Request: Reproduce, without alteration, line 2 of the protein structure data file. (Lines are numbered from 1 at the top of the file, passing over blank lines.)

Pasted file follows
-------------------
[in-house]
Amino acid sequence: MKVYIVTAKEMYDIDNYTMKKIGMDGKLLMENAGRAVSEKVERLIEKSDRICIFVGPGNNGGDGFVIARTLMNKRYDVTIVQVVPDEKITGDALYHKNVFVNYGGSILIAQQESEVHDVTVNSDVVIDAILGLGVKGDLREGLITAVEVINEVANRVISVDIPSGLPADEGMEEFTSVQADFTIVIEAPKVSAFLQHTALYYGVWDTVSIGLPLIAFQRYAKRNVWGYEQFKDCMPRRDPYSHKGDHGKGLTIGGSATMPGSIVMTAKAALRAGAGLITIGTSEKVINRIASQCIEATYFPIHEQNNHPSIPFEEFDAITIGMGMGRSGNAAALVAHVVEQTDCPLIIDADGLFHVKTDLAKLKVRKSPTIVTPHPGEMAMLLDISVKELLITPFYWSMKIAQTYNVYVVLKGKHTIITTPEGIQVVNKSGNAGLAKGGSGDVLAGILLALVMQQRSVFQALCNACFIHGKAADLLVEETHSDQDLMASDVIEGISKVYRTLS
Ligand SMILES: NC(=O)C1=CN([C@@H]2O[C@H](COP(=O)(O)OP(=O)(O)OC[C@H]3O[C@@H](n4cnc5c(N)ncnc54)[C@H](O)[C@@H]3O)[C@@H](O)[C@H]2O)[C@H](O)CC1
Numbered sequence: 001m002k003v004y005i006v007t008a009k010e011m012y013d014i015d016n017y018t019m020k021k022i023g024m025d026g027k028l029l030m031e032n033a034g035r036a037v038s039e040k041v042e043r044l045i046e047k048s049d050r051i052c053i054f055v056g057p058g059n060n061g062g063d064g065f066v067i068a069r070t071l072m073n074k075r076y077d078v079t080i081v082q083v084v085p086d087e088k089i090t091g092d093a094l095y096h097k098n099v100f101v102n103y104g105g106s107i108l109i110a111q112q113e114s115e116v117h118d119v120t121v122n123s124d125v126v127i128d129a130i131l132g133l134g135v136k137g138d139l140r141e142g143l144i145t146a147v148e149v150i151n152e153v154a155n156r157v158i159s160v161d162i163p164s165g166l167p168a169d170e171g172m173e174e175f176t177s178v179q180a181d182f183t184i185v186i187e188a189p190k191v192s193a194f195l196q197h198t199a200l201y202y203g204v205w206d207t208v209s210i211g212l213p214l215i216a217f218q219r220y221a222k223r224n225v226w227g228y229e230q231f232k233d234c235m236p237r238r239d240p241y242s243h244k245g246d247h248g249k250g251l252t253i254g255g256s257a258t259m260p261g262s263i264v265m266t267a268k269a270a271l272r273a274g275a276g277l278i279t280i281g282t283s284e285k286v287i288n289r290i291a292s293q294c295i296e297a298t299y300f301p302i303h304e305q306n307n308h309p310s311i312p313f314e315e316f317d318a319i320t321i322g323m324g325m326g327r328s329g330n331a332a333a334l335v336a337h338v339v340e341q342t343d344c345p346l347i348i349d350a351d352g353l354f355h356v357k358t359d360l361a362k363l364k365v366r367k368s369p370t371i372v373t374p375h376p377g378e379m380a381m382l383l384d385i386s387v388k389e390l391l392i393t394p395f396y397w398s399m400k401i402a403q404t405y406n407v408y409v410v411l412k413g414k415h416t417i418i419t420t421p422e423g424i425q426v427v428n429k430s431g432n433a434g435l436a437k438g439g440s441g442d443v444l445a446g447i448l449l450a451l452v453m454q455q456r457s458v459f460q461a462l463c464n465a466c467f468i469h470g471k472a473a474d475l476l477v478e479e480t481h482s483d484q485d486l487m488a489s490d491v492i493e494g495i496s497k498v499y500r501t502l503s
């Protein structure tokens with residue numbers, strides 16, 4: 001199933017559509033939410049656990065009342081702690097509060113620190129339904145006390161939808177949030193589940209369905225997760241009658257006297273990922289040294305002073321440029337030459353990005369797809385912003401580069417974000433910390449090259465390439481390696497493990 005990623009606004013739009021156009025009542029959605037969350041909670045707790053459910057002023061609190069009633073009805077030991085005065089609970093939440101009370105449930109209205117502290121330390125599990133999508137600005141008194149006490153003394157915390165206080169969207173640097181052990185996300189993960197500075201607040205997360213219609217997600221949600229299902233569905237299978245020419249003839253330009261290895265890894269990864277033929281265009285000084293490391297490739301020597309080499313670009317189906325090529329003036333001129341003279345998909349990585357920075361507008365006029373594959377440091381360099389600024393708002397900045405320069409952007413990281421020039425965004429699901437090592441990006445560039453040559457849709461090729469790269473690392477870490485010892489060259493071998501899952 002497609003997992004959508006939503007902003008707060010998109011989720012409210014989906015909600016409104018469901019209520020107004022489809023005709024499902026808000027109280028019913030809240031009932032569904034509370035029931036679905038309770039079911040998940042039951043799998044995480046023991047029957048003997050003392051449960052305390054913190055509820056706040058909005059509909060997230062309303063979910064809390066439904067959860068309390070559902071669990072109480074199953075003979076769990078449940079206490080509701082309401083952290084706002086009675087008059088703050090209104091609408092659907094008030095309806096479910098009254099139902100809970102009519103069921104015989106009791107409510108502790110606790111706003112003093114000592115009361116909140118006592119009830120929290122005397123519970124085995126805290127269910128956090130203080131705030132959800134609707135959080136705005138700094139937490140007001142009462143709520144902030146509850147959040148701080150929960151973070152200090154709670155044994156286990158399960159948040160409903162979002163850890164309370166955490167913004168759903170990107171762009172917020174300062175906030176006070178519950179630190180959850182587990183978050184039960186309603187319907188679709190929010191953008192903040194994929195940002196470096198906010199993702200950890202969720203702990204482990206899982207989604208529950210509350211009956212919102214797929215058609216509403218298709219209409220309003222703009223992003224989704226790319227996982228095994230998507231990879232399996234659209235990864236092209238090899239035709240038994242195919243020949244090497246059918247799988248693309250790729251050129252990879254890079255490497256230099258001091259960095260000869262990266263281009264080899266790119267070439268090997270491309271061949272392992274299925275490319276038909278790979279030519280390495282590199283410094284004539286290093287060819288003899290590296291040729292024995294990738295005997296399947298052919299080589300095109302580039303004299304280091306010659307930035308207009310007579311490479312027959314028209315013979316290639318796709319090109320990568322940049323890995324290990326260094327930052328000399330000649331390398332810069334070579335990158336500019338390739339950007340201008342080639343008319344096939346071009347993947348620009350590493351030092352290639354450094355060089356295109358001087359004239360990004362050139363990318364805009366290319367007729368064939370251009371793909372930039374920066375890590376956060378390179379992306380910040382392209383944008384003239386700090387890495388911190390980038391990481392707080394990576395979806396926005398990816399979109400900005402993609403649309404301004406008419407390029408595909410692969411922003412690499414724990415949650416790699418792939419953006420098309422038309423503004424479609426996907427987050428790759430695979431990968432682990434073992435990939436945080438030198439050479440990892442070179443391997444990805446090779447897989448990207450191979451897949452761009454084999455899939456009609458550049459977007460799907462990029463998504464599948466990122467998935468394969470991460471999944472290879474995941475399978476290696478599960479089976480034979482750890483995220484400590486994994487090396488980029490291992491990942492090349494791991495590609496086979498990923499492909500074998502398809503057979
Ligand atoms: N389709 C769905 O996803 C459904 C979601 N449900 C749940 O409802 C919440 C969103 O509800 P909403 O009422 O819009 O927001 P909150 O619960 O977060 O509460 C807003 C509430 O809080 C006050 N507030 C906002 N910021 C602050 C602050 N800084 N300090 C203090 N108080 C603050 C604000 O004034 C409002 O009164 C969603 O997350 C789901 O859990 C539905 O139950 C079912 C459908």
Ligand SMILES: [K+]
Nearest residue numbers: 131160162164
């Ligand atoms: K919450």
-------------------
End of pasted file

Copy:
Amino acid sequence: MKVYIVTAKEMYDIDNYTMKKIGMDGKLLMENAGRAVSEKVERLIEKSDRICIFVGPGNNGGDGFVIARTLMNKRYDVTIVQVVPDEKITGDALYHKNVFVNYGGSILIAQQESEVHDVTVNSDVVIDAILGLGVKGDLREGLITAVEVINEVANRVISVDIPSGLPADEGMEEFTSVQADFTIVIEAPKVSAFLQHTALYYGVWDTVSIGLPLIAFQRYAKRNVWGYEQFKDCMPRRDPYSHKGDHGKGLTIGGSATMPGSIVMTAKAALRAGAGLITIGTSEKVINRIASQCIEATYFPIHEQNNHPSIPFEEFDAITIGMGMGRSGNAAALVAHVVEQTDCPLIIDADGLFHVKTDLAKLKVRKSPTIVTPHPGEMAMLLDISVKELLITPFYWSMKIAQTYNVYVVLKGKHTIITTPEGIQVVNKSGNAGLAKGGSGDVLAGILLALVMQQRSVFQALCNACFIHGKAADLLVEETHSDQDLMASDVIEGISKVYRTLS